“The 19-city rollout may seem ambitious. But this company’s technology is not only lightning fast, it’s also incredibly easy to get up and running. That’s why my projections call for 5 million subscribers and over $750 million in revenue — at around 30% margins — by the end of 2011.
“Plans are in the works for an ongoing subscriber-count audit by a major international accounting firm.”
So who is this little partnership? According to the indisputably powerful machinations of the Thinkolator, this must be …
ChinaTel (CHTL, trades over the counter — very low volume and it’s already bouncing around like crazy, even without thousands of Stock Gumshoe readers taking interest, so be careful)
This is an odd little cross-border machination of a company — from a quick look on my part, it looks like they began life as Mortlock Ventures several years ago, intending to do mineral exploration, but then decided after a couple years (just last Spring, in fact), to change their focus … they changed their name to ChinaTel and acquired TrussNet, which I guess was a subsidiary or affiliate of the big engineering firm the Truss Group that has done a lot of telecom infrastructure work, and TrussNet owns 49% of ChinaComm, which is a Cayman Islands company that is controlled by, I assume, some level of Chinese government investment.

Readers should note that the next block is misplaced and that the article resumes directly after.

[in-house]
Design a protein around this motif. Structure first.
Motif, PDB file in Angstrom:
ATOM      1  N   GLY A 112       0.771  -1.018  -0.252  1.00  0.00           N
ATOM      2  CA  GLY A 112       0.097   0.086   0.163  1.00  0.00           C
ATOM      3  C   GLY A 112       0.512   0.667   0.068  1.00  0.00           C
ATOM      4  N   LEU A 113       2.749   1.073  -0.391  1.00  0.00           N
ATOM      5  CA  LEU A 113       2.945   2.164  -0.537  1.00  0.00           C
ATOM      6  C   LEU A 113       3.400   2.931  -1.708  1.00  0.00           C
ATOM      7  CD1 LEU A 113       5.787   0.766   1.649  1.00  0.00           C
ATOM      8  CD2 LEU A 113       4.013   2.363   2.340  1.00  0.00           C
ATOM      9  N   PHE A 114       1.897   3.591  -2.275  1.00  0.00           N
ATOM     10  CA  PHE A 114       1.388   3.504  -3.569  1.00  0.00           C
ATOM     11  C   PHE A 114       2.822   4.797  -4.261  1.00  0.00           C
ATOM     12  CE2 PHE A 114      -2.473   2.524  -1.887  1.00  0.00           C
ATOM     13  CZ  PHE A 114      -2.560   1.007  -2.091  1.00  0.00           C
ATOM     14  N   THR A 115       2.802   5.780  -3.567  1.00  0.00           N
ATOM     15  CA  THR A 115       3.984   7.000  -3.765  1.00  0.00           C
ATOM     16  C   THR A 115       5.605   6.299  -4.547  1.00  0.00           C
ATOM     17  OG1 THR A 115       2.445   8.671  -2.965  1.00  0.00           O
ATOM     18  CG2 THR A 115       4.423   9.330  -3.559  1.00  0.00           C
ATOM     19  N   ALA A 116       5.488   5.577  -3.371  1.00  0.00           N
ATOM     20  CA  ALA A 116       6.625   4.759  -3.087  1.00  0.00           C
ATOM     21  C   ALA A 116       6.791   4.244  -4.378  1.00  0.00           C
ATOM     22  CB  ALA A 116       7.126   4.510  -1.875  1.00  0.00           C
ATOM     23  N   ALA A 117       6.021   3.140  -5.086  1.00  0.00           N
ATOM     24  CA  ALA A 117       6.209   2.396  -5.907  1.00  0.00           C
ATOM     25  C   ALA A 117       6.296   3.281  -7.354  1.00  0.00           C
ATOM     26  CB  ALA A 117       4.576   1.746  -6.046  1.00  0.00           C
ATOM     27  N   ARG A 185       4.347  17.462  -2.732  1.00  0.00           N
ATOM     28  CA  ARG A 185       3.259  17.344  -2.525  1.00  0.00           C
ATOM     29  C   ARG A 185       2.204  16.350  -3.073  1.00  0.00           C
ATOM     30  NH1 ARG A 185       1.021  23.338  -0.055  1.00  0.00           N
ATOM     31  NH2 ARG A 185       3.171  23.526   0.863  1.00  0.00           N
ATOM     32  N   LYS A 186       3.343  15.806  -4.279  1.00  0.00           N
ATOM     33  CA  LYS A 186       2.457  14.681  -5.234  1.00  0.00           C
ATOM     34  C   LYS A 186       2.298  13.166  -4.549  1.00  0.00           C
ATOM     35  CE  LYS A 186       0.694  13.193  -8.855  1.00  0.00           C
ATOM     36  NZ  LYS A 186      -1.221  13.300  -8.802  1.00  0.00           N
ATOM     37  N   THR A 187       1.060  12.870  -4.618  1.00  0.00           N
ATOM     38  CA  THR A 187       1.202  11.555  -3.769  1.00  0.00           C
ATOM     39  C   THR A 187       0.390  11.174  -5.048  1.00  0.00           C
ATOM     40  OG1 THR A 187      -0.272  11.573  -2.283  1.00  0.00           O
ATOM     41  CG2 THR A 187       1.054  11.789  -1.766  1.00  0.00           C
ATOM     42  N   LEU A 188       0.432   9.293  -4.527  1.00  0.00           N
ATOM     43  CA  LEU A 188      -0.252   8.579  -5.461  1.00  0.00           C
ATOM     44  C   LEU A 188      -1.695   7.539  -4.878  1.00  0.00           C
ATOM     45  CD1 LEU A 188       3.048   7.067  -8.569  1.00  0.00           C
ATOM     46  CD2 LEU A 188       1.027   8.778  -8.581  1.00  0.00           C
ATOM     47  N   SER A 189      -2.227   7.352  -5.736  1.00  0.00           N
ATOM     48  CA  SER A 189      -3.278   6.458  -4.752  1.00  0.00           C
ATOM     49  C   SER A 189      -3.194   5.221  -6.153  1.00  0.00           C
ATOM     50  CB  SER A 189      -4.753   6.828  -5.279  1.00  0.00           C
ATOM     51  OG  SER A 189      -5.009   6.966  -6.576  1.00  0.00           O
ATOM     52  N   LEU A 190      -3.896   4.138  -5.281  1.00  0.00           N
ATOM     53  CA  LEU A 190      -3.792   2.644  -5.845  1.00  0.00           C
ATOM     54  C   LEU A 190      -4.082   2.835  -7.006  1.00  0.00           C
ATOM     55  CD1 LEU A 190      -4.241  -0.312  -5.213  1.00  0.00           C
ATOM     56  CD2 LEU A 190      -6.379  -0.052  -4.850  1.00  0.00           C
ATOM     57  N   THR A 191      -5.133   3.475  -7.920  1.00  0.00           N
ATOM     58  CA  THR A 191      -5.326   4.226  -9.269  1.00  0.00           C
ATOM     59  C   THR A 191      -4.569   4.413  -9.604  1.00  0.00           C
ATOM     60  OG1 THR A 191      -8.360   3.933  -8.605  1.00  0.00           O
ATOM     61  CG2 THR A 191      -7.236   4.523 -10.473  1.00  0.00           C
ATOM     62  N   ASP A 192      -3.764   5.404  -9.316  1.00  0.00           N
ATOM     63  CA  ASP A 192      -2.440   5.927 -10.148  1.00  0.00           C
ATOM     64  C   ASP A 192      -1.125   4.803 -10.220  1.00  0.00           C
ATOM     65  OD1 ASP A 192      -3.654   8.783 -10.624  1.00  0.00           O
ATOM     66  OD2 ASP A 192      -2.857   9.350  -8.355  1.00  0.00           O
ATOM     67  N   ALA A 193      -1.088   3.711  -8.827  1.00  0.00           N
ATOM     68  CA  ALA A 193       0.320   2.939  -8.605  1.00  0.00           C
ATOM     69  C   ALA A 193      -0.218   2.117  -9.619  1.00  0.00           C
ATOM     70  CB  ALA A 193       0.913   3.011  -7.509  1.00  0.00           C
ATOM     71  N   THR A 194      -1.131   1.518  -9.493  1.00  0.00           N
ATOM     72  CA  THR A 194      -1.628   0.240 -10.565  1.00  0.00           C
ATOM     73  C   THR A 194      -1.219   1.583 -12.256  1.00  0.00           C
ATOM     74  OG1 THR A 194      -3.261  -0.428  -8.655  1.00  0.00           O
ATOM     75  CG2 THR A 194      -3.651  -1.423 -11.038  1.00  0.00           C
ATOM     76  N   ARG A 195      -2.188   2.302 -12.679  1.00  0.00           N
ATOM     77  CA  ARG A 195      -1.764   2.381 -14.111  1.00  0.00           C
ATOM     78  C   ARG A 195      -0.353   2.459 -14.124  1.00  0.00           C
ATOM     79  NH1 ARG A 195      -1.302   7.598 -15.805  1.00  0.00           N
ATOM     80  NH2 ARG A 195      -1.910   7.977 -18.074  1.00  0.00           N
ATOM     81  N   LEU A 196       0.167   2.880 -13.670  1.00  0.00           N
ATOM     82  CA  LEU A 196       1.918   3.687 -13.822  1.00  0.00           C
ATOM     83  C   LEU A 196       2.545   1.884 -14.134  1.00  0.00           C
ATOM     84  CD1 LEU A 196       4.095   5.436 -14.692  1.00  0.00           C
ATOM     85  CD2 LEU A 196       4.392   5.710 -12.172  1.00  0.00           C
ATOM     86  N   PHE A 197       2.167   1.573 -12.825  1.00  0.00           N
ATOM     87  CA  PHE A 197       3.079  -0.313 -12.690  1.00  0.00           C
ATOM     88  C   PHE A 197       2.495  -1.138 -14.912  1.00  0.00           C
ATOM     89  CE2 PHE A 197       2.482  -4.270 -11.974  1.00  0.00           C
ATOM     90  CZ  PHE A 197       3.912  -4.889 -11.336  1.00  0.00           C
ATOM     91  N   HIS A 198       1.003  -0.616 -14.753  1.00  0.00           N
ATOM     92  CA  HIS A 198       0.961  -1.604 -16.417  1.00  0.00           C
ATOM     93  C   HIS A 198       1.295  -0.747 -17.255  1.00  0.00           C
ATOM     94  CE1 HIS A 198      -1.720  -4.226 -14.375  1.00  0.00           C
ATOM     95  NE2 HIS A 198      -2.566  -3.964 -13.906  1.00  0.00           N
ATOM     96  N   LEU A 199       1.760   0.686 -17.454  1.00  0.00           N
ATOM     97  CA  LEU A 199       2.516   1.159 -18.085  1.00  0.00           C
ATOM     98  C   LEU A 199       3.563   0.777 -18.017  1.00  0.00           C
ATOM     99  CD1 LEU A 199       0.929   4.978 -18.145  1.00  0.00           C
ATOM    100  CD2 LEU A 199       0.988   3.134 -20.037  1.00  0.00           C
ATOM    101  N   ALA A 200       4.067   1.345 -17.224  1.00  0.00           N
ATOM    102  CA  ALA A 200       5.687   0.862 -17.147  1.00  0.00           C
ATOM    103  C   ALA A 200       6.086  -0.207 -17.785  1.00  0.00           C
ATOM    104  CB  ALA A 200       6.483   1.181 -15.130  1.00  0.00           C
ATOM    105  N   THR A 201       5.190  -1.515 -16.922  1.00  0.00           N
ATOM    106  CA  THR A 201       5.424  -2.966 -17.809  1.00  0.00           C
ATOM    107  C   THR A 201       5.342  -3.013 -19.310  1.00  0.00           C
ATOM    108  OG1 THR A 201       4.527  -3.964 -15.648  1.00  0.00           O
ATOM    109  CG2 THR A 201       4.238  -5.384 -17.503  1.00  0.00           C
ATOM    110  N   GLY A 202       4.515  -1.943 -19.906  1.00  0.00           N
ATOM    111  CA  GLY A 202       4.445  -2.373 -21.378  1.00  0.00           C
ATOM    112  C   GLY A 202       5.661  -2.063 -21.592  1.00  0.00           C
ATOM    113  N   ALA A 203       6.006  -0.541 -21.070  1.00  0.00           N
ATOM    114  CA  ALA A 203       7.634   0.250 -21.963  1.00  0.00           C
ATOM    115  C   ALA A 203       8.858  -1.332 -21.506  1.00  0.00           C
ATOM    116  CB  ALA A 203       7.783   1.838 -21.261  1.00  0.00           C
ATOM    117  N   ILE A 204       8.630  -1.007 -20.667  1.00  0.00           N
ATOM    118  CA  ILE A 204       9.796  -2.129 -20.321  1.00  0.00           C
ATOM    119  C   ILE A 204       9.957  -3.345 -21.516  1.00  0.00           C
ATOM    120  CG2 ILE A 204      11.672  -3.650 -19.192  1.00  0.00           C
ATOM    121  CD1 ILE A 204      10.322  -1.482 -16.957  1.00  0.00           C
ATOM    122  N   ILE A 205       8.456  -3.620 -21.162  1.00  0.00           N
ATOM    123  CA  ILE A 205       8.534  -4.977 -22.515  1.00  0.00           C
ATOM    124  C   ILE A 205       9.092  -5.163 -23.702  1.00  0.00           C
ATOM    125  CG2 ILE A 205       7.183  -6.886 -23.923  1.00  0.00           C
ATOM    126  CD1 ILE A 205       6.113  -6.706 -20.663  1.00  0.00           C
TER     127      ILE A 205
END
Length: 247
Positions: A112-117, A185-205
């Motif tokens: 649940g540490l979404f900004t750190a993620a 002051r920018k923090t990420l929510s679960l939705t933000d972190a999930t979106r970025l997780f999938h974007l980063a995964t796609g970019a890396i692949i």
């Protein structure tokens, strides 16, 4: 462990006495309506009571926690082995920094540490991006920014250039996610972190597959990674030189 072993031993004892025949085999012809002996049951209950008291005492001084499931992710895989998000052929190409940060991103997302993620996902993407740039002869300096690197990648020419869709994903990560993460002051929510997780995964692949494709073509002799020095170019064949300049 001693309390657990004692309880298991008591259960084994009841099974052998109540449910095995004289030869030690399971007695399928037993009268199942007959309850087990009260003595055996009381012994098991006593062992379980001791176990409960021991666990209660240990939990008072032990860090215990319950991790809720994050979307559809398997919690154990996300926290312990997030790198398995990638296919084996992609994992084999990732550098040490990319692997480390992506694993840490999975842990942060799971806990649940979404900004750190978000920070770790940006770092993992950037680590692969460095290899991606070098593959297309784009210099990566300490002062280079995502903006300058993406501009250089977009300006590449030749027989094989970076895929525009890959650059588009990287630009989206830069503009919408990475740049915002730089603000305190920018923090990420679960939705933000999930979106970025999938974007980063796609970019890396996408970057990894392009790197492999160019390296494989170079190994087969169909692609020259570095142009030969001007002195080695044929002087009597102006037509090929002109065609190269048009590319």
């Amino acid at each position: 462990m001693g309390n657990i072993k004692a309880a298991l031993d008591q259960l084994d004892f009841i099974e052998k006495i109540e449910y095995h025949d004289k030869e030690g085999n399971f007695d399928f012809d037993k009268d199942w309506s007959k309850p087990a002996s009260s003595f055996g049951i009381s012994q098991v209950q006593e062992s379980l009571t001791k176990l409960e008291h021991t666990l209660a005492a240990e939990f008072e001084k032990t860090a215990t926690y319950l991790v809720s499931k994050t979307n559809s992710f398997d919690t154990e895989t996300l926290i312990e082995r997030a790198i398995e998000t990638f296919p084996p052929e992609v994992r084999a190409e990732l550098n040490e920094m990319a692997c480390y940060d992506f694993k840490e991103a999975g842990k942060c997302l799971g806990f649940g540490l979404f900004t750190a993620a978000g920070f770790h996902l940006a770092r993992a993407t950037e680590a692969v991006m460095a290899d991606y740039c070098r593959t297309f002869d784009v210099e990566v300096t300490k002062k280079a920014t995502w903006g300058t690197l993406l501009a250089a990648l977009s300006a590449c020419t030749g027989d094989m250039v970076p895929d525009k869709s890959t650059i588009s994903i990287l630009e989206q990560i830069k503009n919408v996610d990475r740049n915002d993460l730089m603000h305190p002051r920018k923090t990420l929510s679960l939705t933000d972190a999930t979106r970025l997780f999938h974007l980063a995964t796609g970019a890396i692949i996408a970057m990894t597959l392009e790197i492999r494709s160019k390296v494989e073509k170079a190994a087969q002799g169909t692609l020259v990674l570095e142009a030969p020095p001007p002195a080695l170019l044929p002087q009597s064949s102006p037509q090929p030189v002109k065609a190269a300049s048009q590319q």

So in the end you get, for a share of ChinaTel, minority interest in one primary project, the rollout of WiMax and mesh WiFi networks in a bunch of Chinese cities.